Hello! My name is Jennifer McNamara, and I am going to be guest-writing a blog for Corner Canyon Counseling for the next year or so. If you would like to reach out to me, my email address is firstname.lastname@example.org
A little history, some of it ancient and some of it more current — because I am an old soul who is learning to talk — and more importantly, listen — to her younger self. I was a professional ballerina for 20 years; I was a free-lance performer for another 6 or 7 after retiring from a full-time company position. For most of those years, and some before, and some after, I practiced a form of disordered eating — several, actually. I referred to it as bulimia, plain and simple, but my therapist refers to it as a restricting-purging disorder.
I am currently working towards my MFA in Dance at Hollins University, through a low-residency — but incredibly high-density program. I am incredibly grateful for the luxury of this time, and the gift of being able to minimize my external responsibilities so that I can look more deeply into myself. And yes, even writing that brings up a little guilt: is it narcissistic and selfish to spend so much time with myself? I expect that this is one of the future musings I will share with you, but for now, I am simply going to notice that internal response. No assumptions, no judgment.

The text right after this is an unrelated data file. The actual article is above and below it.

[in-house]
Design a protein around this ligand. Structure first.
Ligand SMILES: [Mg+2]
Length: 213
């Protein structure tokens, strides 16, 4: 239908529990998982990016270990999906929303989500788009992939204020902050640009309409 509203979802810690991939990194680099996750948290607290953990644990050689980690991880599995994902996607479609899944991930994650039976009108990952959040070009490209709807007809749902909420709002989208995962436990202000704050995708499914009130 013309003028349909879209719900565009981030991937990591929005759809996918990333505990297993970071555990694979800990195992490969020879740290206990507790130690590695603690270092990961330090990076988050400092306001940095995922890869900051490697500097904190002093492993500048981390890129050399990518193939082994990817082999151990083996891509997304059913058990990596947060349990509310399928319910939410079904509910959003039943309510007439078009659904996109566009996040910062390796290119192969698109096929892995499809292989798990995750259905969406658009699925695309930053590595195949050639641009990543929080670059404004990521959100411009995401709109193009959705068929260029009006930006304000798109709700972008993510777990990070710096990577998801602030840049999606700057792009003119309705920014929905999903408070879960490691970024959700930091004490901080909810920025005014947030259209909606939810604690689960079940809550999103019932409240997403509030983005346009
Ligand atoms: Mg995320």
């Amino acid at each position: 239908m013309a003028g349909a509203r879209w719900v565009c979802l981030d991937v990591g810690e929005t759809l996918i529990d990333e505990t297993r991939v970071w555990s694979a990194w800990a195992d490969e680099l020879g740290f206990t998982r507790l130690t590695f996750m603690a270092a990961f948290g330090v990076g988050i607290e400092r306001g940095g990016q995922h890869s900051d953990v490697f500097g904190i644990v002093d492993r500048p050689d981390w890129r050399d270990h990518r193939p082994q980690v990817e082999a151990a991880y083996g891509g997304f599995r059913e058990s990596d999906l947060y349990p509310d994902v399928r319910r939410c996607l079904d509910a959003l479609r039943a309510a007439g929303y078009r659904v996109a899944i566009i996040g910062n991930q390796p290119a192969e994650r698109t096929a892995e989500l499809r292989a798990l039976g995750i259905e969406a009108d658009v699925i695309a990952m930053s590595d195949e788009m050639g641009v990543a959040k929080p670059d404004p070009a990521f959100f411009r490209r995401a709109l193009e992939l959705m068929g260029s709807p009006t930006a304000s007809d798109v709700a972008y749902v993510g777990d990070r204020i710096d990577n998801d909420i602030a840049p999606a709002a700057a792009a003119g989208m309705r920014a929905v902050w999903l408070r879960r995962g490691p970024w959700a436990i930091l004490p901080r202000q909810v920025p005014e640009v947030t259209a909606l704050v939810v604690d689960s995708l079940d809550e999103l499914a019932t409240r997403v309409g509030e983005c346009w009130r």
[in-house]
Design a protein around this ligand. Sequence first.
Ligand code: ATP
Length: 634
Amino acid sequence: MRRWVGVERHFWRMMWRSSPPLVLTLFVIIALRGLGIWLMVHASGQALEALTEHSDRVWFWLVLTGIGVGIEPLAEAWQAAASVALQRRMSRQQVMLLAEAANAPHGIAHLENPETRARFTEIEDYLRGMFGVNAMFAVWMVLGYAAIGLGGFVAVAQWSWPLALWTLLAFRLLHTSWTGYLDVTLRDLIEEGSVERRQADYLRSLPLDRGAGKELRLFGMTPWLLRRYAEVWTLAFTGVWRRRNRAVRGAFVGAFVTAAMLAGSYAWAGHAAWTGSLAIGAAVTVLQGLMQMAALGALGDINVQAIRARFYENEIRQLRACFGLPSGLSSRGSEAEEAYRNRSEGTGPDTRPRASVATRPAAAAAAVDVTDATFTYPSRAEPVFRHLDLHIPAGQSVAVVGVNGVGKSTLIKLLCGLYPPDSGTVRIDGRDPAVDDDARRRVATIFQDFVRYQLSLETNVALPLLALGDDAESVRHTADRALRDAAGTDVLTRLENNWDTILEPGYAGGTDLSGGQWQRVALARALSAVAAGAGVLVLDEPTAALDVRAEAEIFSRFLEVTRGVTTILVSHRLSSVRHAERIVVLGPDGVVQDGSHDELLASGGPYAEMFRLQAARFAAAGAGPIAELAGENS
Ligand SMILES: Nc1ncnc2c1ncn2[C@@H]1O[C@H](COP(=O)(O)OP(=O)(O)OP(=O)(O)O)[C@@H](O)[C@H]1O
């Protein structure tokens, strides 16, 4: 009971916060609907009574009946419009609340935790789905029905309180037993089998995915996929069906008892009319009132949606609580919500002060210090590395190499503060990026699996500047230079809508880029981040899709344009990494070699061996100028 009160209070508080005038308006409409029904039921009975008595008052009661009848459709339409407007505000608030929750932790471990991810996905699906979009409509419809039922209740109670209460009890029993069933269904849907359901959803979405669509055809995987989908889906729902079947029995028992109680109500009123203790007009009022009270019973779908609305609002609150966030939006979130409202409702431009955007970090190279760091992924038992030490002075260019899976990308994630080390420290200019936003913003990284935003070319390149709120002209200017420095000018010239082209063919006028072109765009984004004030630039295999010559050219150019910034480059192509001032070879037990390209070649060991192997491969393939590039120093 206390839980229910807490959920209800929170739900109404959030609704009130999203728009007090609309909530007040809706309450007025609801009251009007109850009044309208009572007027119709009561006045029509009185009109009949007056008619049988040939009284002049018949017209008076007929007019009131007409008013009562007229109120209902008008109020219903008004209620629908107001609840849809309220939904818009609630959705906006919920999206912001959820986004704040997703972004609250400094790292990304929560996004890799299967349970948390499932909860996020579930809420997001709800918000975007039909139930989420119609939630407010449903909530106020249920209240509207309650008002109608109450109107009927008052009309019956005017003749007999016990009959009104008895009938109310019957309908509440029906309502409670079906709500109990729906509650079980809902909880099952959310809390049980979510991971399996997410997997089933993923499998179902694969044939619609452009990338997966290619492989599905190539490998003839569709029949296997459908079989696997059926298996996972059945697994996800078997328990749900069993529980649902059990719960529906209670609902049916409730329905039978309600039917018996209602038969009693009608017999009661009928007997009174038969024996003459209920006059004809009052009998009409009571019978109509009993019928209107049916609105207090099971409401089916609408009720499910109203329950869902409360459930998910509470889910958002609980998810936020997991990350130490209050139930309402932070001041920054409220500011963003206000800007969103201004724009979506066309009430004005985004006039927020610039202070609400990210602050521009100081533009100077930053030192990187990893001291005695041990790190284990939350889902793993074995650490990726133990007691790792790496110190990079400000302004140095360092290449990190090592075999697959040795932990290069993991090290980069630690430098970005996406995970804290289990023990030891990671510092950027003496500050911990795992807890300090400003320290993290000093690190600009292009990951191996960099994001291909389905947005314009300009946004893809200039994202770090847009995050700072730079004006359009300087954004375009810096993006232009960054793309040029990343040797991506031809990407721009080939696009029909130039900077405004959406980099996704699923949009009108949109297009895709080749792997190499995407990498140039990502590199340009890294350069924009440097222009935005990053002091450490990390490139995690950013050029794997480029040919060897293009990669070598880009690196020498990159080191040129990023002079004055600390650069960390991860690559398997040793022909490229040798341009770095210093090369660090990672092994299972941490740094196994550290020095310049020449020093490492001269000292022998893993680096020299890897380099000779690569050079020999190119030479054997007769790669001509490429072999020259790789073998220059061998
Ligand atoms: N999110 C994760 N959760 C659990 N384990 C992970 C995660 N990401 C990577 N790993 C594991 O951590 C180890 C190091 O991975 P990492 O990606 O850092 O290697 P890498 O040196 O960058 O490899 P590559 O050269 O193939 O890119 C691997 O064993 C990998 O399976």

As many ways as there are to discuss my relationship to food, there are even more when I begin to unpack my relationship with my self, my own image in the studio mirrors, my past, my future, and the people who have appeared along the way on this journey. Three years into therapy, I feel like I have just met this person who has been my roommate for my entire life, and there are many, many questions to be asked.
Many of the observations I share with you will come from a somatically-based place. Having been a dancer for more years than not, I relate to my world through the balance of body and mind. Admittedly, much of my life has been spent regimenting my physical self in minute detail, putting my self in a ‘safe place’ far away from my body. I know that was my way of coping with events that, as a very small girl, I could not process; I am working to re-integrate these aspects of my being.
One of the first assignments I received here, in my graduate seminar class, was to set forth a personal manifesto, or a series of intentions. I have included it here for you to peruse. In a future blog post, I would love to talk a little bit about the process – and the why – behind my words, if that would interest you. And I invite you to send me your questions and comments; I am looking forward to the conversation I hope we will have.